ASTORIA — An AmeriCorps Vista volunteer hopes to make your Clatsop County workplace a healthier place to earn your daily whole-grain bread.
Kayla Warner’s goal is to help businesses create wellness policies that encourage healthy habits.
It’s part of a larger program within The Way To Wellville, a five-year health challenge designed to improve the overall health of the community. Clatsop County was one of five communities around the nation selected in August to participate.
Part of the strategy includes healthier workplaces, Warner said.
“It doesn’t take much,” she said. “A lot of what we do is cost free.”
It can be as simple as encouraging workers to spend their breaks taking walks or doing stretches and hosting healthy pot-lucks for starters, she said.
In the long run it can give employers a strong return on investment in reduced sick leave, lower turnover and decreased healthcare costs, she added.
The Fort Clatsop unit of the Lewis and Clark National Historic Park started its own wellness initiatives years ago.
Health and well is a top priority, said Jennifer Bell, a biological technician at the park. It’s discussed during monthly safety meetings. She’s been involved with it for the past three years.
It was started by the former park superintendent David Semanski, she said
“He brought up the idea of having a health and wellness focus park-wide.”
The park recently opened a gym at the suggestion of employees.
“Within three or four months we ended up clearing out the space in the maintenance building,” she said.
A lot of the exercise equipment is second-hand, but it’s in good shape, she added.
Current Superintendent Scott Tucker got things going, and in about five months the gym opened.
Now, employees can pump iron, cycle and row their way to better health right next to the John Deere tractor, the lawn mowers, chainsaws and line trimmers that keep Fort Clatsop in good shape.
Employees can also participate in the Iron Ranger Challenge. It’s a program started at Mt. Rainier National Park three years ago.
It starts in January and runs 12 weeks with a set number of miles for the challenge. Fort Clatsop has participated for the past two years.
There’s talk of expanding it across the nation, Bell said.
Any exercise can be converted to mileage.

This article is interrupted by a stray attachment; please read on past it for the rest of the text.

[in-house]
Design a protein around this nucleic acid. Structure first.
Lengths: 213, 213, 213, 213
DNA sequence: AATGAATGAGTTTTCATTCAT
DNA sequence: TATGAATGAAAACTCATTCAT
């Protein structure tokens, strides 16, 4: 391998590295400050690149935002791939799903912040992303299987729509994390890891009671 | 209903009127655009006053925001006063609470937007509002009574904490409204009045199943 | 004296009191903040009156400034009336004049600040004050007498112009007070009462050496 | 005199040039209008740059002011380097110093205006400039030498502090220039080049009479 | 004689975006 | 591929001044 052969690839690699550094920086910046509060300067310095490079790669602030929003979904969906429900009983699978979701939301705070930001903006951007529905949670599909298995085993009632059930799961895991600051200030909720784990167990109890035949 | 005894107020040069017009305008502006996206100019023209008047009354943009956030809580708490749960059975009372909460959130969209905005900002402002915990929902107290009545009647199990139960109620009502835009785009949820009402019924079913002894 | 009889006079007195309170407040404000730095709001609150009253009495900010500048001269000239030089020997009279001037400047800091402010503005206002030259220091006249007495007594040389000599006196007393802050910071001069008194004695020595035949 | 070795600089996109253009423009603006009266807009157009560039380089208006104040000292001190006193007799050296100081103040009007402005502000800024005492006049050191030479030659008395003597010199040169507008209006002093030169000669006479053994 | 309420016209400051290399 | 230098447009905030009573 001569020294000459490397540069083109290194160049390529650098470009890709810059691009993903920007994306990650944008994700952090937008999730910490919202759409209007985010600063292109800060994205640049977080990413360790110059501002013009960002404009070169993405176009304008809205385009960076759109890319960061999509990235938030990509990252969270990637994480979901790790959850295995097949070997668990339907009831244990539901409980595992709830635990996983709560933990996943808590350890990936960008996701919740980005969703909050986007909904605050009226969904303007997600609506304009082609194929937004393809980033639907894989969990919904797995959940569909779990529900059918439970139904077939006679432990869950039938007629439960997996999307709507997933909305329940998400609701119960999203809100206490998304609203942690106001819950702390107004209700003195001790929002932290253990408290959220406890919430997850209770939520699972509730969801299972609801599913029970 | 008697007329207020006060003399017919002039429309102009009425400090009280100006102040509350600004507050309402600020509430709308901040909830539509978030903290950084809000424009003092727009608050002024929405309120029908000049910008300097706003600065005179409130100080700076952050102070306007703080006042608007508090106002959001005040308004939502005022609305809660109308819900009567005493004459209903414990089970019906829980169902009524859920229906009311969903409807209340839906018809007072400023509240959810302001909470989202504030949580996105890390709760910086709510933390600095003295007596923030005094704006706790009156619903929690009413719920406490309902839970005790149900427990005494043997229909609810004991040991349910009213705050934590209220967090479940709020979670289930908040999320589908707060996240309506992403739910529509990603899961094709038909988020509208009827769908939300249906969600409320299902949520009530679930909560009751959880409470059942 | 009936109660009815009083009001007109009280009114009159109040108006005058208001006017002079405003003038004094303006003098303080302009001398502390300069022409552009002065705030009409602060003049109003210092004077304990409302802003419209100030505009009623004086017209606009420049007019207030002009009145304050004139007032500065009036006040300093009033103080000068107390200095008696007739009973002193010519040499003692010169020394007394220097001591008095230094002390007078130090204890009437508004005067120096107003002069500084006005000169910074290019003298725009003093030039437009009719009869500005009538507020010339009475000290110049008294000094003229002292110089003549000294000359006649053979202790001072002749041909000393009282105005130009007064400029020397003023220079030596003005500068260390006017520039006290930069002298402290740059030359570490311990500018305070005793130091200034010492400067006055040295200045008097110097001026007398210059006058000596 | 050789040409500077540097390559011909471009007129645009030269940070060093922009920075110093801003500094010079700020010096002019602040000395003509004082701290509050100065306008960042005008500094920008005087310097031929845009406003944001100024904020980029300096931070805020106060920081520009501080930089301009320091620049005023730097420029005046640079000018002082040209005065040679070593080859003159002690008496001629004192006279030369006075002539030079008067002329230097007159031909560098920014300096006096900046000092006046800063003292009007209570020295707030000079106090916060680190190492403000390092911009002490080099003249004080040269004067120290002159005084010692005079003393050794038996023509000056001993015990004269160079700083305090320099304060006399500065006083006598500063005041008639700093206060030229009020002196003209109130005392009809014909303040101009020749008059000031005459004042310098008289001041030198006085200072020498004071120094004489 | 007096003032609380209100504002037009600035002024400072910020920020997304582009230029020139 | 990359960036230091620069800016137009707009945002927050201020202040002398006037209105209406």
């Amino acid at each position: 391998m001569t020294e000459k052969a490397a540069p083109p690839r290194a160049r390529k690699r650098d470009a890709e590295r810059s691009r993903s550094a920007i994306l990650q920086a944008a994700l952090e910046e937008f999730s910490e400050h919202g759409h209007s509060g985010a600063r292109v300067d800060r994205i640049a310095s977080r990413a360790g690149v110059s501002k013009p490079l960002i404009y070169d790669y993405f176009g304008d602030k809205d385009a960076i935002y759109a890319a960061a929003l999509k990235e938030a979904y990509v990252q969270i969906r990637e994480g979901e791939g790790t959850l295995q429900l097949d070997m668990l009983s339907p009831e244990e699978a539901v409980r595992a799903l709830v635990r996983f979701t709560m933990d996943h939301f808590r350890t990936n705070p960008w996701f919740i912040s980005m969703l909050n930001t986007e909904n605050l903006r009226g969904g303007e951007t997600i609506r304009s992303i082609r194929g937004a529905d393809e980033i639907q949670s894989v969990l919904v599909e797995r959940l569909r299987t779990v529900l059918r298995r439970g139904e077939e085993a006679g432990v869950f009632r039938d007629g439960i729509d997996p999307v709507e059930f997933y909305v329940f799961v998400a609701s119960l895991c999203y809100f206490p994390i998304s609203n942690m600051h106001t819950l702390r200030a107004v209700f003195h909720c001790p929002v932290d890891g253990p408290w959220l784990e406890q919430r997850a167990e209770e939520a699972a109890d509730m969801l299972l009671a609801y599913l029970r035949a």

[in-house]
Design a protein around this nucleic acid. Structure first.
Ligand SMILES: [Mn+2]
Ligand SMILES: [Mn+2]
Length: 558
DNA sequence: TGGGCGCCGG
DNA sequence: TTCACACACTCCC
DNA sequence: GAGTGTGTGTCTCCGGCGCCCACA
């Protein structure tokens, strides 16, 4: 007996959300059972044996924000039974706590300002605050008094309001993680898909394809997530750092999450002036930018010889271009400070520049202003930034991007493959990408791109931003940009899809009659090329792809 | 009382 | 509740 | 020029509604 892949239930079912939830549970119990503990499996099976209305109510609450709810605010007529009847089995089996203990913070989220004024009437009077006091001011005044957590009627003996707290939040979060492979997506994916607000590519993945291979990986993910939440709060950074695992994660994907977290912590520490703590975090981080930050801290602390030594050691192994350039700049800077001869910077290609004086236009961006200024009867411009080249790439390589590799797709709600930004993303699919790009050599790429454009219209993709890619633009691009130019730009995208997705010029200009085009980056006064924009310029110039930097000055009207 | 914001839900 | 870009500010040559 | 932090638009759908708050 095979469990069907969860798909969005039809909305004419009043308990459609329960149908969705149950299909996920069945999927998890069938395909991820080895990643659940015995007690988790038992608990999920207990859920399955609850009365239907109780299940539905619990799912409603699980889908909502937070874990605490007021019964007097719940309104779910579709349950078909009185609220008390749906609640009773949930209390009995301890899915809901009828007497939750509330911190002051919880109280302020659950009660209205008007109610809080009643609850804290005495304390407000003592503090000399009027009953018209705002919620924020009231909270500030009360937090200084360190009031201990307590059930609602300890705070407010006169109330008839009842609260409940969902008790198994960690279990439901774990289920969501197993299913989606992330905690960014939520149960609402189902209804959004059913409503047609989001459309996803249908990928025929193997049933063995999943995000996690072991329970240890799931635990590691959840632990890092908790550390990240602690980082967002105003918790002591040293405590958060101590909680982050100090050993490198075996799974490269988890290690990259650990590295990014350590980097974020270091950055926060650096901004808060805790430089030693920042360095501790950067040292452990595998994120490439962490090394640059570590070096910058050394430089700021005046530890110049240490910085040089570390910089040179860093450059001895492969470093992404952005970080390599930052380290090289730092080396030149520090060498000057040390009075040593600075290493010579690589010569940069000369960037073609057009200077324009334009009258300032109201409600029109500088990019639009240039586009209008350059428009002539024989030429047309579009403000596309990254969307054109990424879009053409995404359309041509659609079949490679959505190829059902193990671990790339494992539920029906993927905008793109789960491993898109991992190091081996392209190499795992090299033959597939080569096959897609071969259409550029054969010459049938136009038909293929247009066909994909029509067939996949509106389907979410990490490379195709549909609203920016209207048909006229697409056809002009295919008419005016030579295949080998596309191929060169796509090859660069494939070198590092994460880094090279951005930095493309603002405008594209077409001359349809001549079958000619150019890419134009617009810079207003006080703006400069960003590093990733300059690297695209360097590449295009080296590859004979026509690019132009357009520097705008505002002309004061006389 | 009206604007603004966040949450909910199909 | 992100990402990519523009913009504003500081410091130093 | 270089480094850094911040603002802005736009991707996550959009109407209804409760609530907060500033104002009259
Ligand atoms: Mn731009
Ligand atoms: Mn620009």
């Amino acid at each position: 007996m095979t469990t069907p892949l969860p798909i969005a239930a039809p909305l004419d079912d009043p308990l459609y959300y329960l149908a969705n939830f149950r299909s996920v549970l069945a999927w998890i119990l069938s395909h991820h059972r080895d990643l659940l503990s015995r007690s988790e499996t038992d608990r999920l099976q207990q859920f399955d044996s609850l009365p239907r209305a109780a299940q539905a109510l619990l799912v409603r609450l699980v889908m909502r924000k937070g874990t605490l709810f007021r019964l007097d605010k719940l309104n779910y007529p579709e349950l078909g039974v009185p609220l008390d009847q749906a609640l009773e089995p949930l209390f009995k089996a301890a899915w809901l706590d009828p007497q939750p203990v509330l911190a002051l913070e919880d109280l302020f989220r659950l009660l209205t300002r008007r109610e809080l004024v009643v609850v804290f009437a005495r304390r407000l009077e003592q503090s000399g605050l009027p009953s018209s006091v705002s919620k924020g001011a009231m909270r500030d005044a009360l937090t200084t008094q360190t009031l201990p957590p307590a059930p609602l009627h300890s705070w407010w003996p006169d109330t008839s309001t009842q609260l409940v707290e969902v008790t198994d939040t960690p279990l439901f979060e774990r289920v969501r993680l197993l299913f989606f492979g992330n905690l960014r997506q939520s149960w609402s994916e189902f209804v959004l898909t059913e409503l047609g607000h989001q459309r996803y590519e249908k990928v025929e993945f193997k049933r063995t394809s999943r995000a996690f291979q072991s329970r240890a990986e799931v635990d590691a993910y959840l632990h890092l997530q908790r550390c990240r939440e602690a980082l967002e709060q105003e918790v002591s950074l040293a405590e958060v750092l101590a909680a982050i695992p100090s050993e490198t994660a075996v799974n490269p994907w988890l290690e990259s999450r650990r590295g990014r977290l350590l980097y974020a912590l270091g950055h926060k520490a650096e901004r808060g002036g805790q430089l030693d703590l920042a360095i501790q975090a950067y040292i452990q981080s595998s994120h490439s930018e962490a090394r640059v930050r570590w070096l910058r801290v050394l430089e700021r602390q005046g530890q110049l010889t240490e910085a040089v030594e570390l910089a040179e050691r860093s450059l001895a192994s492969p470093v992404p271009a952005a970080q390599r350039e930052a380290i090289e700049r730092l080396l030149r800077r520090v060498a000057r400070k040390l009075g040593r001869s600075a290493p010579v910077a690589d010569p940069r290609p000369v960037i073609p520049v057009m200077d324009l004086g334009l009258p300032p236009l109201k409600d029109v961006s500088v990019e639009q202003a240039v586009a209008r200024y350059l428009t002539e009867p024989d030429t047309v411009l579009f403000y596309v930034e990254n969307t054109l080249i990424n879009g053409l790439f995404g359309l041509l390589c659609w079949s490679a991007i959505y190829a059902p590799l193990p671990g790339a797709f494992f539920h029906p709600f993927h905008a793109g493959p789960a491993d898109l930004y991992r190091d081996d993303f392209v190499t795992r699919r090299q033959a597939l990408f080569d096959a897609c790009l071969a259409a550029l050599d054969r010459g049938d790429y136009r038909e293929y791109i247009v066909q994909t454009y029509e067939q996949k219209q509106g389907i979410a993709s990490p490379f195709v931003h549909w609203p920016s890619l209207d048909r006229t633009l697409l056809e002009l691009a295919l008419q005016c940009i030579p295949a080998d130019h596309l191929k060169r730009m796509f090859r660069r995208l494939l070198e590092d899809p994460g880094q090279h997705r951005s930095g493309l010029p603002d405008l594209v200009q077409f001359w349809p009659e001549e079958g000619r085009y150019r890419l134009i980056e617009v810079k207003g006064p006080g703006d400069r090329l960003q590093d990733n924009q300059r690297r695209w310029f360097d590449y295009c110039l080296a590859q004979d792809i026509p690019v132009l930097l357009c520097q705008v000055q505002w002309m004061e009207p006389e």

Moderate dancing for 20 minutes equals one mile; 10 minutes of vigorous basketball is another mile. Active gardening? That counts as well. Employees put in 60 minutes of easy gardening, and that’s another mile toward the goal.
The 2013 challenge was 580 miles. The teams consisted of two to five members; each team member had to complete at least 100 miles.
Seventeen participated in 2013; 23 signed up in 2014.
Bell said the park has started to encourage hike meetings for office workers when possible. It’s a new program.
“If it’s one of those meetings where we could be mobile and walking, we’re encouraged to do that,” she said.
She works outside already, removing invasive plants, working on restoration projects and monitoring wildlife, so most of her meetings are already on the go.
The National Park Service offers a $20 monthly subsidy to employees who bike to work, Bell said. It helps pay for bike maintenance and other costs for getting to work by pedal power.
The park’s employment fluctuates from a high of 45 to 50 in the summer to about 15 during the winter, she said. Giving them healthy options is part of a growing trend.
Bell’s noticed a push for health and wellness by the National Park Service over the past year.
“It seems like throughout the nation, starting in D.C., and all over in our region, there seems to be a big push for all of us to adopt health and wellness practices in the parks,” she said.
The goal of Wellville is healthier living, Warner said, but it could offer tourism-dependent North Coast businesses another marketing tool. As new attitudes take hold, the county could become known for health and wellness, she hopes.
Lake County, Calif.; Spartanburg, S.C., Greater Muskegon, Mich., Niagara Falls, N.Y., are the other participating in the Way to Wellville.